Vril: It’s the Secret

Before there was Robert Heinlein, Stranger in a Strange Land or The Moon is a Harsh Mistress, water-sharing, grokking, TANSTAAFL, and line marriage, there was Edward Bulwer-Lytton and The Coming Race, published in 1871.

As Egil Asprem recently noted in a blog post titled “The (all too) secret history of Vril,”

It is astonishing how much of modern occultism is dependent on works of fiction. The machinations of secret societies, the malicious rituals of satanic cults, and the magicians’ adventures on the astral plane have all been portrayed in great detail in works of fiction, which have in turn directly influenced the creation of real organisations and inspired new ritual practices among self-styled occultists. The entire current of Rosicrucian initiatory societies even had its main impetus in a text considered by its authors to be a playful ludibrium — although no doubt one that expressed deep convictions.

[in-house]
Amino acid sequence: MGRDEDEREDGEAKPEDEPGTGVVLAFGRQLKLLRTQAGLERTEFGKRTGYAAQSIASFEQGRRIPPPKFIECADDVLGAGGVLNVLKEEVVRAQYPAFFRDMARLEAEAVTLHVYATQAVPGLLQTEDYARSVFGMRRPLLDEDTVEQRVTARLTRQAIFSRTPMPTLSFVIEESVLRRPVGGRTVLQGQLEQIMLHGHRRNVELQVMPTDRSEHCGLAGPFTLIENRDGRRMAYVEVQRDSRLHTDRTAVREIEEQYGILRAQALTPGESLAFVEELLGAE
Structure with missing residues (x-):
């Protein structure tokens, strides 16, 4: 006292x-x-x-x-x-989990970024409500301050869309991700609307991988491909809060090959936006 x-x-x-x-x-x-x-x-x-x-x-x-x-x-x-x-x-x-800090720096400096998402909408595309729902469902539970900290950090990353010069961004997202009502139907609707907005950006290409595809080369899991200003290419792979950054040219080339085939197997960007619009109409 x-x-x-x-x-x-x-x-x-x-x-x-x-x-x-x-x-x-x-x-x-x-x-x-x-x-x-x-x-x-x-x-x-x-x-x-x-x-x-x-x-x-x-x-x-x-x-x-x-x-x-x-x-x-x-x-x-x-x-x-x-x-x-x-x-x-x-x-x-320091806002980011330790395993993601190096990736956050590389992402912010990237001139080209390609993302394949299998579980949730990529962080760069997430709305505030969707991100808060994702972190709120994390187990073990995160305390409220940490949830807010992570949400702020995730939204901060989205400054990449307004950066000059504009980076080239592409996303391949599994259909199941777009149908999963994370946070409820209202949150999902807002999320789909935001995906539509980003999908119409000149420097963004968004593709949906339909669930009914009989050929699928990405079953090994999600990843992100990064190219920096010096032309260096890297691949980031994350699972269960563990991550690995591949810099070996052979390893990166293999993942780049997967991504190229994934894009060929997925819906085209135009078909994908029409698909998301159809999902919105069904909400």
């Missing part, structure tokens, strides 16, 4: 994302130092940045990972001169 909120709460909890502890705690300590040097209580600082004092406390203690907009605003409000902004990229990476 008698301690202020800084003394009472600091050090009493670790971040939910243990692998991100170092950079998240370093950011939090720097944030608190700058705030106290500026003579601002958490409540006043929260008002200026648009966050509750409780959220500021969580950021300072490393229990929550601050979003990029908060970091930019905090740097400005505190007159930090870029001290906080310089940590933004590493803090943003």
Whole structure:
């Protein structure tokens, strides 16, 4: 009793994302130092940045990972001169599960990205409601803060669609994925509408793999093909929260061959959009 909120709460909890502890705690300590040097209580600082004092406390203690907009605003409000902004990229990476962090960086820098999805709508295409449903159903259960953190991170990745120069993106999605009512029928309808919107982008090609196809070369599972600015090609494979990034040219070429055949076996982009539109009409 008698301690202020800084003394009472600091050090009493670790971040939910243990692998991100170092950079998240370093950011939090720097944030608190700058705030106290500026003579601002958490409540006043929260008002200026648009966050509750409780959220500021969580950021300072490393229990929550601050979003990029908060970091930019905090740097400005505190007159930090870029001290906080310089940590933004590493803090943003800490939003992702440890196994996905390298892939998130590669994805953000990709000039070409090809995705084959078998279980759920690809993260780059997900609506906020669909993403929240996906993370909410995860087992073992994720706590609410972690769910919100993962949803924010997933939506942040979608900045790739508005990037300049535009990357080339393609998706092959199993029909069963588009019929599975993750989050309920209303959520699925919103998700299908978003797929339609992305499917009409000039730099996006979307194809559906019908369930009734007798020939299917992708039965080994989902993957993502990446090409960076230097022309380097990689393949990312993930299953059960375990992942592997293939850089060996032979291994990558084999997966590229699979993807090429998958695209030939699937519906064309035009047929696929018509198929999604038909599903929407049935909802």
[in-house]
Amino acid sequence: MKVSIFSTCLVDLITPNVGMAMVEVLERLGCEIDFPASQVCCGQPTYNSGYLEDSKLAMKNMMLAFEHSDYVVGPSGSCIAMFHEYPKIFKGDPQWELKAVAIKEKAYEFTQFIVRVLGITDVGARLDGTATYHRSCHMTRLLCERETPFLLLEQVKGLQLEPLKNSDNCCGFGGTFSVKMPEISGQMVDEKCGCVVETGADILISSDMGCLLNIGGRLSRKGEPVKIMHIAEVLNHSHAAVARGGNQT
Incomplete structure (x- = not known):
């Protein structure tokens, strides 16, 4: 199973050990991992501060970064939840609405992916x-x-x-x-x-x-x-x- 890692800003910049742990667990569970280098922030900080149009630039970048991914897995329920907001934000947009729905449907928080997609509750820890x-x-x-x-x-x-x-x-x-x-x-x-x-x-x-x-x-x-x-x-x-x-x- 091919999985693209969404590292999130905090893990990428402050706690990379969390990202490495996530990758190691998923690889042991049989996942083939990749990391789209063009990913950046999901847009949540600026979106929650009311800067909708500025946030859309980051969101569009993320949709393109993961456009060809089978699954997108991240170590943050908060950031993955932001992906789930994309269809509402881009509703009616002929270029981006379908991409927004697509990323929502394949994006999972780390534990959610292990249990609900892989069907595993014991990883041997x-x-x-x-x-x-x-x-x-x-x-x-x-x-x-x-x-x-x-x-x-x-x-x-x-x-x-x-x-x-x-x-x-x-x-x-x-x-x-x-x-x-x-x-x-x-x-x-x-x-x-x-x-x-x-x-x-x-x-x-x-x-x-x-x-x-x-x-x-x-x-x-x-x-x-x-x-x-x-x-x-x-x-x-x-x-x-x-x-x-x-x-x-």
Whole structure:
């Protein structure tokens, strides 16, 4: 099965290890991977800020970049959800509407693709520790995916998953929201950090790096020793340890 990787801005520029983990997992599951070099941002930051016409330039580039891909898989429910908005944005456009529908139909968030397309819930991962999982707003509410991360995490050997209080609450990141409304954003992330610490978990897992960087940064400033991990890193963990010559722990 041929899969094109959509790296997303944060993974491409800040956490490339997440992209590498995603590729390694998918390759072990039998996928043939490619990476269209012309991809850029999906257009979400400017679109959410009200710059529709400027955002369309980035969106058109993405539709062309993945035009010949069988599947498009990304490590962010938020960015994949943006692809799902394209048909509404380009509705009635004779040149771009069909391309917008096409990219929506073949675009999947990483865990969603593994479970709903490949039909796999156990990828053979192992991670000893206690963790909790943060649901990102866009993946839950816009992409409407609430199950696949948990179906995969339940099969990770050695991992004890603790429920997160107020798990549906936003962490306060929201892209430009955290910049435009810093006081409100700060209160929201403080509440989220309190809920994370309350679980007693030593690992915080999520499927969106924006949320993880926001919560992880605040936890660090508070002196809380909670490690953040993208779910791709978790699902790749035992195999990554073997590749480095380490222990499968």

Read it.

2 Comments

  1. Pitch313 says:

    I’ll say something along the lines of: The younger I was–and equally, the less skillful my Pagan practice–the more influenced I have been by imaginative fiction and by versions of mythology. An old (even then) book of Norse mythology and being overtaken by Wagner’s Ride of the Valkyries pretty much nailed me to a Nine Worlds view. In 4th grade.

    So I can see how imaginative literature (and later, cinetmatic and televistic) might leverage occultural world views. I dimly recall learning at a fairly young and ambitiously avante garde age about orgone from KPFA.

    But, honestly, I just cannot read Bulwer-Lytton! Tried, for the sake of getting high on Vril. But no, it made brain hurt!!!

    • Chas Clifton says:

      I have to confess that I have had a copy of his novel The Last Days of Pompeii by my bed for a year, and I have had not had the courage to attempt it. But I will!